B2B marketing ablaze at annual conference in Chicago

The Business Marketing Association’s (BMA) annual conference, aptly named BLAZE, took place over a 48-hour period—from 29 May, to 31 May in Chicago. It is the single largest B2B marketing event in the world with over 800 B2B marketers in attendance from 300+ companies, 35+ states and 10+ countries!

Fifth Ringers Clif Collier, Annette Fernandes and Ed Davis had the opportunity to listen to five keynote presentations, two fireside chats, seven panel sessions and 20 shorter 'Firestarter' sessions.

The conference was dramatically opened by the Chicago Fire Department and Eduardo Conrado, VP of Marketing and IT at Motorola Solutions and the outgoing BMA chairman. Wearing a firefighter suit and accompanied by Chicago Fire Commissioner Jose Santiago, Conrado said, “We are in the perfect decade for B2B marketing. This is a good time to share experiences”.

Here are our key takeaways from the BLAZE conference:

B2B Marketing Practices and Trends in Emerging Global Markets – “You have so many targets and opportunities and often you don’t have a lot of reliable data about which markets are growing fastest,” said Laurent Michoud, head of global marketing at Ingredion. Michoud said it’s essential that B2B companies in emerging markets develop relationships, use social media and adapt to the local culture to stay close to their clients and prospects.  Clif (MD at Fifth Ring) spoke about B2B marketing in the Middle East at the pre-conference session. He said, "The Middle East is a huge mishmash of cultures", referring to a population of almost 400 million people in 17 countries divided by language and religion. "It represents the trading culture, based on price and volume. As B2B is a highly value-added proposition, it can be very difficult to do business in the Middle East, even if the results are rewarding."

A sound social media strategy including online communities are key.

Expanding role of marketing, with more demands on CMOs – A survey found that 34% of senior marketers feel “overwhelmed” by change, and 21% said the skills for which they were hired are now obsolete. “New skills are desperately needed,” Kathy Button Bell, CMO at Emerson said, "there is so much we need to learn now.” Other key findings from the survey include the expansion of marketing’s role, where 97% of marketers are doing things they have never done before as part of marketing and 87% said marketing’s input is being sought more often especially at C level.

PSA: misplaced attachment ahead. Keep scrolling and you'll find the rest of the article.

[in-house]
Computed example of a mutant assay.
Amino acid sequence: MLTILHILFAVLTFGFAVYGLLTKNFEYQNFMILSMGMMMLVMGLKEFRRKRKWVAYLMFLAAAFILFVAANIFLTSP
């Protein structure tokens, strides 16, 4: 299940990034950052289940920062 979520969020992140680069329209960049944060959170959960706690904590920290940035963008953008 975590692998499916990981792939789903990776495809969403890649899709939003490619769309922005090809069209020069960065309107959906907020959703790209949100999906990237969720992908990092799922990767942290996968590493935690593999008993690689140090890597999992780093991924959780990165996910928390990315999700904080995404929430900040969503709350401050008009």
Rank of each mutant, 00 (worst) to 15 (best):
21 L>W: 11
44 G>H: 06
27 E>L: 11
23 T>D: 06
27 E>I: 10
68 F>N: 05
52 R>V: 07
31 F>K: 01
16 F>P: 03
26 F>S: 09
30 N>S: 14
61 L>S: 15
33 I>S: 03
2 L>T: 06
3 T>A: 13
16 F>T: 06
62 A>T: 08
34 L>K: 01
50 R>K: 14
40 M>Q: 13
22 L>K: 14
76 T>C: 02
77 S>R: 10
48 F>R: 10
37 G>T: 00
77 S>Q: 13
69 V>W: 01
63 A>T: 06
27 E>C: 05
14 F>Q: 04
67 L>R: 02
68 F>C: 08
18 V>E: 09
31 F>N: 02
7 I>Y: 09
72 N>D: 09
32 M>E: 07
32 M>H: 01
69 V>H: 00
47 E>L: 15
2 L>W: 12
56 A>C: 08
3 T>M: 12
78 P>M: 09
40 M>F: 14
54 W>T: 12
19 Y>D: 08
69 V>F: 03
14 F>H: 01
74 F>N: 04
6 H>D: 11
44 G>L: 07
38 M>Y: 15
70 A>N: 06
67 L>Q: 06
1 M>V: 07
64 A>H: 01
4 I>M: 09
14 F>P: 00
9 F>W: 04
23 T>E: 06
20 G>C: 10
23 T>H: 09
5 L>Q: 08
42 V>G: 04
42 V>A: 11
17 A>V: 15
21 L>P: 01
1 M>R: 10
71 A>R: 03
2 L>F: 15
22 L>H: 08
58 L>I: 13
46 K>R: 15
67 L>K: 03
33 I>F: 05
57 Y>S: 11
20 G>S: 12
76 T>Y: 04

Digital and advancing technology means greater collaboration between marketing and IT. Eduardo Conrado is evidence of this as the VP of Marketing and IT at Motorola Solutions.

Real-time marketing and ‘news-jacking’ has created remarkable results for those companies able to handle this. David Scott, a Marketing & Leadership Strategist said, “Gone are the days when you could plan out your marketing programmes well in advance and release them on your timetable. It’s a real-time world now, and if you’re not engaged, then you’re on your way to marketplace irrelevance.”

B2B is the new B2C - The panel discussed consumer trends that were sweeping through the B2B world. They reviewed AmazonSupply.com, Grainger.com hiring a consumer internet team, Alibaba.com, Google Shopping for Suppliers, and eBay’s Business/Industrial category.

Make peace not war – Sales and Marketing need to learn to work better together.

Persuasive technology - The best B2B marketer may be a device: mobile content delivery.

Content producers – Today’s savviest B2B marketers are becoming publishers, producers and storytellers to attract and retain customers.

Key speakers from:

B2B Marketing, Caterpillar, GE, IBM, BT Group, Motorola Solutions, Bloomberg Business Week, Emerson, Forrester Research, Twitter, Deloitte, Gallup Consulting, Avnet and Canon.